3. A calibration curve creation method of creating a calibration curve used to obtain a component amount for a target component contained in a test object, the method comprising: (a) acquiring Q optical spectra obtained through spectrometry on Q (where Q is an integer of 3 or more) first samples each containing N (where N is an integer of 1 or more) components including the target component, S evaluation spectra obtained through spectrometry on S (where S is an integer of 3 or more) second samples in which a component amount for the target component is known, and a reference spectrum corresponding to the target component; (b) extracting R (where R is an integer of 2 or more) subsets from a set of the Q optical spectra; (c) determining a component natural spectrum matrix formed of N component natural spectra derived from the N components, and N component calibration spectra which are a row vector of a general inverse matrix of the component natural spectrum matrix by performing independent component analysis in which component amounts for the N components are treated as independent components in each sample on each of the R subsets, and acquiring a total of R.times.N component natural spectra; (d) obtaining a similarity between a component natural spectrum corresponding to each component calibration spectrum and the reference spectrum with respect to each of the R.times.N component calibration spectra; (e) among the R.times.N component calibration spectra, selecting a component calibration spectrum causing the similarity to be greatest as the target component calibration spectrum; and (f) creating, as the calibration curve, a single regression formula indicating a relationship between an inner product value obtained through an inner product between the S evaluation spectra and the target component calibration spectrum, and a component amount for the target component contained in the S second samples.
Description



BACKGROUND

1. Technical Field

[0001] The present invention relates to a calibration technique of obtaining a component amount of a target component from measured data of a subject, and an independent component analysis technique of determining an independent component on the basis of measured data such as an optical spectrum.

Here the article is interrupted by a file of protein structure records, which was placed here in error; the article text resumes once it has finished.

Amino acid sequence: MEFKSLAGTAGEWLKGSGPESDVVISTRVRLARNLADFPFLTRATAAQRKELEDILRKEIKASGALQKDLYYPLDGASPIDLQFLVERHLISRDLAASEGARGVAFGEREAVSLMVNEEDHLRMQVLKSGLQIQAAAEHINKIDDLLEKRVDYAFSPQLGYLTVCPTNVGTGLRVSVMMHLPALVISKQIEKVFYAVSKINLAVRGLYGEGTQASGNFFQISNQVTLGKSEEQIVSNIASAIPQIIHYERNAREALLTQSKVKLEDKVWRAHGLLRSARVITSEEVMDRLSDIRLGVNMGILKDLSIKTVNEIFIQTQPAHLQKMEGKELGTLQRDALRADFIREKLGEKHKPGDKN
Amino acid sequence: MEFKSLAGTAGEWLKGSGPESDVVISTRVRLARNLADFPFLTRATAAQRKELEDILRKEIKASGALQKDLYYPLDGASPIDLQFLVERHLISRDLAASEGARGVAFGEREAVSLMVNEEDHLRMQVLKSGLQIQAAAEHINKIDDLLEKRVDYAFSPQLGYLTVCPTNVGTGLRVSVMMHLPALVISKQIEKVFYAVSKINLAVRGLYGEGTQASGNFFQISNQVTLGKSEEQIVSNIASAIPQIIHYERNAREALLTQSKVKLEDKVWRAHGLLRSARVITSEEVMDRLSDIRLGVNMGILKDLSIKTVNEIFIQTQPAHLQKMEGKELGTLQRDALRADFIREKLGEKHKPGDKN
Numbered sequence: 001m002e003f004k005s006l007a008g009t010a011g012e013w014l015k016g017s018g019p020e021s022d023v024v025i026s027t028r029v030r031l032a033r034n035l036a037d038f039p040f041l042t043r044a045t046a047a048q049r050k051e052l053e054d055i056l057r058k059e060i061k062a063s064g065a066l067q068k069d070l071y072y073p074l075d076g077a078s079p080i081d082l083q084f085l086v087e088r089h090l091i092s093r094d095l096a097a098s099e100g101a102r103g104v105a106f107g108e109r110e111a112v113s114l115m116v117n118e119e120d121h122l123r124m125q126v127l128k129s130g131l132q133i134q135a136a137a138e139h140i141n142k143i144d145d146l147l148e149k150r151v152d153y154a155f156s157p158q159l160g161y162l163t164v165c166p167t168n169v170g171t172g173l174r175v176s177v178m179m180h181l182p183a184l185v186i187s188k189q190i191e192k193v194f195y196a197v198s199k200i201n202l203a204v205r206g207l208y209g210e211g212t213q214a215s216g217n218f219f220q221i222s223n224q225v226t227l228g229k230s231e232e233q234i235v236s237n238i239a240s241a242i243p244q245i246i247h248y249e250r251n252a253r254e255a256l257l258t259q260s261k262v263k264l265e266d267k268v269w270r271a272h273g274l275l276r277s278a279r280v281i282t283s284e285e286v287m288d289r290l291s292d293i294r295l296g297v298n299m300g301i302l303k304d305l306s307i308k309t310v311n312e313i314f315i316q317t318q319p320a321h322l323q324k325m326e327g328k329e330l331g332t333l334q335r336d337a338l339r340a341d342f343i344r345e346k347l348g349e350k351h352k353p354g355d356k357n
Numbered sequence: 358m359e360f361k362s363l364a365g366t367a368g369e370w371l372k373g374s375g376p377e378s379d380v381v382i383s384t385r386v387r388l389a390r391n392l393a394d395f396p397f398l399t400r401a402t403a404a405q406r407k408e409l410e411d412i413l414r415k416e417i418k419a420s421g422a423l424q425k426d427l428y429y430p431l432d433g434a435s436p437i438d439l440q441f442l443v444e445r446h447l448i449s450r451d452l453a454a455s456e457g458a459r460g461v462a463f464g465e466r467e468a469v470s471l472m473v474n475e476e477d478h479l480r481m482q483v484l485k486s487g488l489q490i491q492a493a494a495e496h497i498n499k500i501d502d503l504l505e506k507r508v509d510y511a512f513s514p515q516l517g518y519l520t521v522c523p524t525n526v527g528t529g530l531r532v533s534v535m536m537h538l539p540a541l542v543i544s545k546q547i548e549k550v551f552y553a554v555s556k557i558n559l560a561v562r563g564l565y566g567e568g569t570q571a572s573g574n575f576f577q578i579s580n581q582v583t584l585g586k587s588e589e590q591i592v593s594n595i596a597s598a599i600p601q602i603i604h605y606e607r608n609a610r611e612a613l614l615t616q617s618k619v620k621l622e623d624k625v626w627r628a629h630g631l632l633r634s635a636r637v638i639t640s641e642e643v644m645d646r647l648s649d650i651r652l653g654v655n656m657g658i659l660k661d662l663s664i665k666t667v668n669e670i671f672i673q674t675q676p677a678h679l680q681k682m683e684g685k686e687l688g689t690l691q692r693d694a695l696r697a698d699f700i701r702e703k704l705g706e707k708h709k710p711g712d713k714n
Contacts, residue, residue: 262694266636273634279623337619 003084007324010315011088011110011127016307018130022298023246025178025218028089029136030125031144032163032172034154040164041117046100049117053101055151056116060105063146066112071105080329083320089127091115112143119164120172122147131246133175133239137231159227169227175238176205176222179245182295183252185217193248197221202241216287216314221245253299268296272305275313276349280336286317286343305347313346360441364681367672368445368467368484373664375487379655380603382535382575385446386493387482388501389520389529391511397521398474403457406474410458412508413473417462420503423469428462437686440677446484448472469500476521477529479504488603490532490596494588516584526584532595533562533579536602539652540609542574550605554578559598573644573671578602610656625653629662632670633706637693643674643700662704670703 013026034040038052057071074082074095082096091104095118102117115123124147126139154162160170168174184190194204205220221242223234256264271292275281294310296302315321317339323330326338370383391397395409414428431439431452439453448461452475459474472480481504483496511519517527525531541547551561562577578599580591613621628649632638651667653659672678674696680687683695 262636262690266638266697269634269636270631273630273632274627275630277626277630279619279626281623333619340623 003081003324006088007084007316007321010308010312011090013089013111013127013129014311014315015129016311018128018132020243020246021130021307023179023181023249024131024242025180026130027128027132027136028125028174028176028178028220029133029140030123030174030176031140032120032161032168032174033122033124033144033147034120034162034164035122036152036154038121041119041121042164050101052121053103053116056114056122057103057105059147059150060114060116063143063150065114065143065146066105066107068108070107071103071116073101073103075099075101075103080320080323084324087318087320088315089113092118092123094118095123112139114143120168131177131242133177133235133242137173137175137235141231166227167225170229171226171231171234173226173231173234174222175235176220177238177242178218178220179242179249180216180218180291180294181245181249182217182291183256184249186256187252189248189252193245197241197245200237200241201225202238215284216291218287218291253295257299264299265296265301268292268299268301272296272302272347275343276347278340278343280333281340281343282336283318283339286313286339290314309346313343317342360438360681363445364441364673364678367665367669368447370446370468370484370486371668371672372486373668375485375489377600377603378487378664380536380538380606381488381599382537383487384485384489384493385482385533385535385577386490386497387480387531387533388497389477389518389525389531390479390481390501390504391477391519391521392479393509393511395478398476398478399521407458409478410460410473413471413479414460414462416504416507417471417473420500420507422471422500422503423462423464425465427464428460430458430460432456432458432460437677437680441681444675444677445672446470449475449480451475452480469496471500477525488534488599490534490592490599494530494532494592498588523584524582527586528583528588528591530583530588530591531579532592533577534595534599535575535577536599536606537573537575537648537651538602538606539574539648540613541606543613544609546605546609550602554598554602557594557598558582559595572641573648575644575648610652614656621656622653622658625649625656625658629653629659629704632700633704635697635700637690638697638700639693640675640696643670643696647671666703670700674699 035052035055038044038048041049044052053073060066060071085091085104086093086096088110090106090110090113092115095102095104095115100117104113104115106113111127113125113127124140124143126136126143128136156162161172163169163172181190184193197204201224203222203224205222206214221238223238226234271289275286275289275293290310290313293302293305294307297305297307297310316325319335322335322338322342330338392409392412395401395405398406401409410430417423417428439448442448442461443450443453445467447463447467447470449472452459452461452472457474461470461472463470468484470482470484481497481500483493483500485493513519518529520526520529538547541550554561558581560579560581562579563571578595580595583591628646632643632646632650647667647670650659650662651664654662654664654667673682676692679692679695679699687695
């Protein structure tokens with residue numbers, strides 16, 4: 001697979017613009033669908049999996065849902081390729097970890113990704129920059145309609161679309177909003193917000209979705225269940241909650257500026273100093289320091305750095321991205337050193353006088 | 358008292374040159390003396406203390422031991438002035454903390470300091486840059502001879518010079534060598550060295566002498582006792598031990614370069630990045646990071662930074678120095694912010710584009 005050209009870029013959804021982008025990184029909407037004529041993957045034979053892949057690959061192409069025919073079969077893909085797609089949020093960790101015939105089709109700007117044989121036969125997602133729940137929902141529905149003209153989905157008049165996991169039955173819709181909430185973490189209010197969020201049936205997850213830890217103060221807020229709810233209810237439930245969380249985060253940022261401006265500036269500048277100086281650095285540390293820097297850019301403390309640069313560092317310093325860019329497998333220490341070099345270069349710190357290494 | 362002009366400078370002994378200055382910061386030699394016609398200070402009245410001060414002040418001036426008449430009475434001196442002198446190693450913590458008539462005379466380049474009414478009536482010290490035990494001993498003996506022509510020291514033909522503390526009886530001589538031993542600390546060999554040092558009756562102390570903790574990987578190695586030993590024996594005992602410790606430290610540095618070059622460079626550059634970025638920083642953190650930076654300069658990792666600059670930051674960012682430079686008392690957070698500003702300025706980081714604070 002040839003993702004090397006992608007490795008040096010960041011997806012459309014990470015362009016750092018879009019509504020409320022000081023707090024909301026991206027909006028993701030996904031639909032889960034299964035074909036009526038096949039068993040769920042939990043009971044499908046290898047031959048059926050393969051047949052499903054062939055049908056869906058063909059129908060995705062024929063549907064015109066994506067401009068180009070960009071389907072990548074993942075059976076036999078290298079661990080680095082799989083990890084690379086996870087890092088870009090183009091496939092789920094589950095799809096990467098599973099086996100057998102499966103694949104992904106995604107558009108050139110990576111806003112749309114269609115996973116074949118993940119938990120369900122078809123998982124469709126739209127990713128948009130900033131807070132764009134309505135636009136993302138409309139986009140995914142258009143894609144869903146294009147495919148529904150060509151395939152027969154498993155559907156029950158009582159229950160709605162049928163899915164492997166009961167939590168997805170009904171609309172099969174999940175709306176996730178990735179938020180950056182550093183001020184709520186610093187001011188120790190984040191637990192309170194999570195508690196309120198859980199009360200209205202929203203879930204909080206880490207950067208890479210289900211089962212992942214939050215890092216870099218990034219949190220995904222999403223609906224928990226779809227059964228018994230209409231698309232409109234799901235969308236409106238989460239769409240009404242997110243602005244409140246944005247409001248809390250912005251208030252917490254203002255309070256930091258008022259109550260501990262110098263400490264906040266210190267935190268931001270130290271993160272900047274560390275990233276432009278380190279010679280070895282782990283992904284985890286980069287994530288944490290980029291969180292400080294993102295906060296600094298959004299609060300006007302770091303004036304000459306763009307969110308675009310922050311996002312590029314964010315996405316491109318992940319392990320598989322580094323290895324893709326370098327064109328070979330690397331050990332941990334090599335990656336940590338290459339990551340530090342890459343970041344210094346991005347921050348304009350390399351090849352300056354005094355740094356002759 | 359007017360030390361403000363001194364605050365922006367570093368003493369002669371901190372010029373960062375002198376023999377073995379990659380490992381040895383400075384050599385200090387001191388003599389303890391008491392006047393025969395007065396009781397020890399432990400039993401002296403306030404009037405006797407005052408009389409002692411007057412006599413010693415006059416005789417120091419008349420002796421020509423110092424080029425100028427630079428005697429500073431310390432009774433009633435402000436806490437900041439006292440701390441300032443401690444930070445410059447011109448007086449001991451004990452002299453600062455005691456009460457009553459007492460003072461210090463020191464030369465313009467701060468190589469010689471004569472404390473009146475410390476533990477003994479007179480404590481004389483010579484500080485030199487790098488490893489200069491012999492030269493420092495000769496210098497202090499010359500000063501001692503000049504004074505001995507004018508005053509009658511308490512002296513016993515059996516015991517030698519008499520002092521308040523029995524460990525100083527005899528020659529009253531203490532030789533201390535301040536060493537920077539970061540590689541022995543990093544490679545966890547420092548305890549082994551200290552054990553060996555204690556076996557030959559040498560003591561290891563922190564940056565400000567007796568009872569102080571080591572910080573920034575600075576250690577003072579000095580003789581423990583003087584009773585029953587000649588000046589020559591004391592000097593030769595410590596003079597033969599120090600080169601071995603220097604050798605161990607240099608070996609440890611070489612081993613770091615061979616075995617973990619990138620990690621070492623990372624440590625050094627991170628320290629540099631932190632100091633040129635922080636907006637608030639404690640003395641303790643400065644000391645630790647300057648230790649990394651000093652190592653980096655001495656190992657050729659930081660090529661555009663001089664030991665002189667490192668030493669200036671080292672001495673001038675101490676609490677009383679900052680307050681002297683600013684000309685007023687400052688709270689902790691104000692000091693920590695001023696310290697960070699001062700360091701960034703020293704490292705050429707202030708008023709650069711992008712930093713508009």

2. Related Art

[0002] In the related art, there is a calibration method of obtaining a component amount of a target component by using independent component analysis (ICA). The independent component analysis of the related art is a method of estimating signal sources as independent components on the premise that the signal sources (for example, an optical spectra) derived from a plurality of components are independent components. For example, JP-A-2013-36973 discloses a calibration technique in which an optical spectrum is acquired by performing spectrometry on a green vegetable, a spectrum derived from chlorophyll is estimated as an independent component by performing independent component analysis on the optical spectrum, and a chlorophyll amount in a new green vegetable sample is determined by using the estimated spectrum.

[0003] Meanwhile, in order to sufficiently accurately perform independent component analysis, the condition that a plurality of independent components to be estimated are statistically independent from each other is required to be established. However, in a certain kind of measured data, such a condition for performing accurate independent component analysis may not be established.

[0004] In this case, there is a probability that optical spectra cannot be accurately estimated even if normal independent component analysis in which optical spectra derived from a plurality of components are treated as independent components is performed. Therefore, a technique of performing independent component analysis with high accuracy or a technique of calibrating a target component with high accuracy is desirable even in a case where the condition that optical spectra derived from a plurality of components are "statistically independent from each other" is not satisfied. This problem is not limited to calibration of a target component using an optical spectrum including a near-infrared region, and is common to other techniques of performing independent component analysis on other measured data or measured signals.

SUMMARY

[0005] An advantage of some aspects of the invention is to solve at least a part of the problems described above, and the invention can be implemented as the following forms or application examples.